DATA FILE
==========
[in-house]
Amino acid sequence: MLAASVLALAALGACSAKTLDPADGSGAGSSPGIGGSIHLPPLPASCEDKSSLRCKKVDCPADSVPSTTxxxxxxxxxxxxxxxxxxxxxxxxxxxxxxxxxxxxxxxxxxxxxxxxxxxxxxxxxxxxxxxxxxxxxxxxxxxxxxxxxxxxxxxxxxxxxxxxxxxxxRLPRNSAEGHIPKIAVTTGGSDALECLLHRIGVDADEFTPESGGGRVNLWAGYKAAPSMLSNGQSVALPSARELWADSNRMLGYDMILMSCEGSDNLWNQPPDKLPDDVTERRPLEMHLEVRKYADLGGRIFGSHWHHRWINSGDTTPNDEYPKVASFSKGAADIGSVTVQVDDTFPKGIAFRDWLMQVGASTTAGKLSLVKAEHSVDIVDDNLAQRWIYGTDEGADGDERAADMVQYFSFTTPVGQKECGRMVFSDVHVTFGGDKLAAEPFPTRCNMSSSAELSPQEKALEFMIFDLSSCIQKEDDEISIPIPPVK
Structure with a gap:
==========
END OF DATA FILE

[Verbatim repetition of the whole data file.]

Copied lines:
[in-house]
Amino acid sequence: MLAASVLALAALGACSAKTLDPADGSGAGSSPGIGGSIHLPPLPASCEDKSSLRCKKVDCPADSVPSTTxxxxxxxxxxxxxxxxxxxxxxxxxxxxxxxxxxxxxxxxxxxxxxxxxxxxxxxxxxxxxxxxxxxxxxxxxxxxxxxxxxxxxxxxxxxxxxxxxxxxxRLPRNSAEGHIPKIAVTTGGSDALECLLHRIGVDADEFTPESGGGRVNLWAGYKAAPSMLSNGQSVALPSARELWADSNRMLGYDMILMSCEGSDNLWNQPPDKLPDDVTERRPLEMHLEVRKYADLGGRIFGSHWHHRWINSGDTTPNDEYPKVASFSKGAADIGSVTVQVDDTFPKGIAFRDWLMQVGASTTAGKLSLVKAEHSVDIVDDNLAQRWIYGTDEGADGDERAADMVQYFSFTTPVGQKECGRMVFSDVHVTFGGDKLAAEPFPTRCNMSSSAELSPQEKALEFMIFDLSSCIQKEDDEISIPIPPVK
Structure with a gap: